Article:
Random Thoughts:  1) Mary Crosby (Natima) shot J.R.  From the show Dallas!  She’s also Bing Crosby’s daughter.  Unexpected connections there.  2) While talking to Quark in the shop, Garak threatens Natima before he knows he will kill her.  3) Rule of Acquisition #223!  Abruptly cut off, and the canon of Star Trek leaves it open.  4) Garak mysteriously appears in Ops, a place that is supposed to be secure.  The reason is likely related to Garak’s access in Civil Defense (Ep. 3.7).  5) Sisko postures strongly to Garak, indicating an aggressive response if the Caradassians act aggressively to retrieve Natima and the others.  More frontier attitudes differentiating DS9 from TNG.  6) When Natima is in the holding cell, Sisko steps into the cell to talk to them.  This physically reinforces that he is on their side in the struggle, and disagrees with the Bajoran Provisional Government.  7) I think Odo releases Natima mostly for justice, but a little bit for Quark.  Personal opinion though from seeing the rest of the show.  8) Armin Shimmerman has an excellent glassy-eyed look for Quark whenever he gets his ears stroked.  9) Quark insinuates he was on the station long before Odo, which indicates he also has been helping Bajorans long before Odo arrived.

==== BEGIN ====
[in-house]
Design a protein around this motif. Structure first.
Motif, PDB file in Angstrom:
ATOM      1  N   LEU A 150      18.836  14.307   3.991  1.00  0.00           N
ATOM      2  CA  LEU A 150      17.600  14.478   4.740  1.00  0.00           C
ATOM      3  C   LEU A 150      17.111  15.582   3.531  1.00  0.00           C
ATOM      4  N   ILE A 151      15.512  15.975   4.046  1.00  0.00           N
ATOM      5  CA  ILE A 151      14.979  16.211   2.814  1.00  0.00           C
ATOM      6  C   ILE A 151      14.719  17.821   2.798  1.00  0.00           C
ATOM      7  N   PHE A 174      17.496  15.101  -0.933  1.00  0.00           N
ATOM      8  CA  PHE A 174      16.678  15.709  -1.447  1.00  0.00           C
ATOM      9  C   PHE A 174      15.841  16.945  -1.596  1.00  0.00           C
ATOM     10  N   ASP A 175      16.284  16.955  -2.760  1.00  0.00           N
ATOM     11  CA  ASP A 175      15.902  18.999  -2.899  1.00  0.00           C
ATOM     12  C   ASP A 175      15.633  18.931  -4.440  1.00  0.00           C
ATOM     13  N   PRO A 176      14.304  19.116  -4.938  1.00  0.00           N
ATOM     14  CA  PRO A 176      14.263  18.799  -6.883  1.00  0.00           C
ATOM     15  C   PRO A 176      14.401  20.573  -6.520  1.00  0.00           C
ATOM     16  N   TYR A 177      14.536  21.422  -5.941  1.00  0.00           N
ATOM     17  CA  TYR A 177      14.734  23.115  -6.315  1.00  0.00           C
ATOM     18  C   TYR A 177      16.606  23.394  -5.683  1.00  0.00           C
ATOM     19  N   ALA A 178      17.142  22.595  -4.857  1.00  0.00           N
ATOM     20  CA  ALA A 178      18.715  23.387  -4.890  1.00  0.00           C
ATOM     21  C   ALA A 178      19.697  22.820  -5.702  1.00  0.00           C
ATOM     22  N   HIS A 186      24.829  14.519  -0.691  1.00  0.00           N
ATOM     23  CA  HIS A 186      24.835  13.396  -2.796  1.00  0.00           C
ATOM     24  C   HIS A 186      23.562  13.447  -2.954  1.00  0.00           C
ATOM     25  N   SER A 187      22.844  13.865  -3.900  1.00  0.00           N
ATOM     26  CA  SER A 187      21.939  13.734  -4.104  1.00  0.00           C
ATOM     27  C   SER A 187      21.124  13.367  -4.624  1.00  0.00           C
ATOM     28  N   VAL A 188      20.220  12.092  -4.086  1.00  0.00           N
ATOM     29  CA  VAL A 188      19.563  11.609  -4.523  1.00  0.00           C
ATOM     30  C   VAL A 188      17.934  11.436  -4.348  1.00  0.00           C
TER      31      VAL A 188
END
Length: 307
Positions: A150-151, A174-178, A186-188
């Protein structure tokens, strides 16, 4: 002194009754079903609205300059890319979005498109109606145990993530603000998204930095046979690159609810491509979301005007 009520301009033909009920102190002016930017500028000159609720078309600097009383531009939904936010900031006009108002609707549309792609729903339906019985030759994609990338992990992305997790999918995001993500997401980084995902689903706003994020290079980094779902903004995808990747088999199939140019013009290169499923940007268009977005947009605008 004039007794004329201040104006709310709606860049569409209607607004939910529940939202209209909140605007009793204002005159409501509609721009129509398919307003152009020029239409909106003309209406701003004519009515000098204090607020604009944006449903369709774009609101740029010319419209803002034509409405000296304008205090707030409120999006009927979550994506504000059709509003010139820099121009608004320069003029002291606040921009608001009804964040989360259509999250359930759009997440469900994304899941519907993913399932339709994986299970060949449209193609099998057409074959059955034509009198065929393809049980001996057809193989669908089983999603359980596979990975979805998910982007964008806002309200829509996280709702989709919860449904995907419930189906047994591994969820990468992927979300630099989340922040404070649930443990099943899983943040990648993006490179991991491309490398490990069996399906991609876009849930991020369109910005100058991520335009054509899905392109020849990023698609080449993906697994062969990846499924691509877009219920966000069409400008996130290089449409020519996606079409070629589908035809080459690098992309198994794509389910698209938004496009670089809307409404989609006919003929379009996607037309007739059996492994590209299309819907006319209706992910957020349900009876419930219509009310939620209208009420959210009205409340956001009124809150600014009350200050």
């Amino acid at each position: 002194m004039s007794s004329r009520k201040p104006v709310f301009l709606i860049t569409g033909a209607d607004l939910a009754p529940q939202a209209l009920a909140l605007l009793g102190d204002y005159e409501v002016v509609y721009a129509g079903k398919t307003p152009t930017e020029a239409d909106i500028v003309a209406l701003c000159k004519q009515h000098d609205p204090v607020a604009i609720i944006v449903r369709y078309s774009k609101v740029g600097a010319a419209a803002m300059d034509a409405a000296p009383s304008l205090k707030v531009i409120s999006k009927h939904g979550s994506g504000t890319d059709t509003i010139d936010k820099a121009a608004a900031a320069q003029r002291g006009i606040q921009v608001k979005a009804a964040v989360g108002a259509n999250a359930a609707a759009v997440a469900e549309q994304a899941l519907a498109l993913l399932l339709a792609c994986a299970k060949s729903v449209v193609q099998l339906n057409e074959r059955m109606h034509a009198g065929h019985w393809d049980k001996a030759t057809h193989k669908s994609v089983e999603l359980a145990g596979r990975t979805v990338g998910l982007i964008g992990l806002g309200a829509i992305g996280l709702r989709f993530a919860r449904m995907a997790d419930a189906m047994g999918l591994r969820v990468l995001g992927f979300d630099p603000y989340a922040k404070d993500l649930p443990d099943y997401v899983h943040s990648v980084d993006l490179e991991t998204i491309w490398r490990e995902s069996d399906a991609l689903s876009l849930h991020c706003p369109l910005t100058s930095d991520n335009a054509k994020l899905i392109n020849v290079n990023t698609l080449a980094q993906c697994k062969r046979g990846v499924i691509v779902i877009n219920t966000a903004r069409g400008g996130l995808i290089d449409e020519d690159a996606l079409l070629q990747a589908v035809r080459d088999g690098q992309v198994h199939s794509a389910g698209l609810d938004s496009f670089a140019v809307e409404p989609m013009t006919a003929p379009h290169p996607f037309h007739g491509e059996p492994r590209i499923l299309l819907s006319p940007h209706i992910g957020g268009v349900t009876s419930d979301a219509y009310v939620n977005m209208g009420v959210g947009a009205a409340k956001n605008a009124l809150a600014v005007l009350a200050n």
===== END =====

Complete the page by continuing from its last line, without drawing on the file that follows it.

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~ by Joshua Black on September 12, 2016.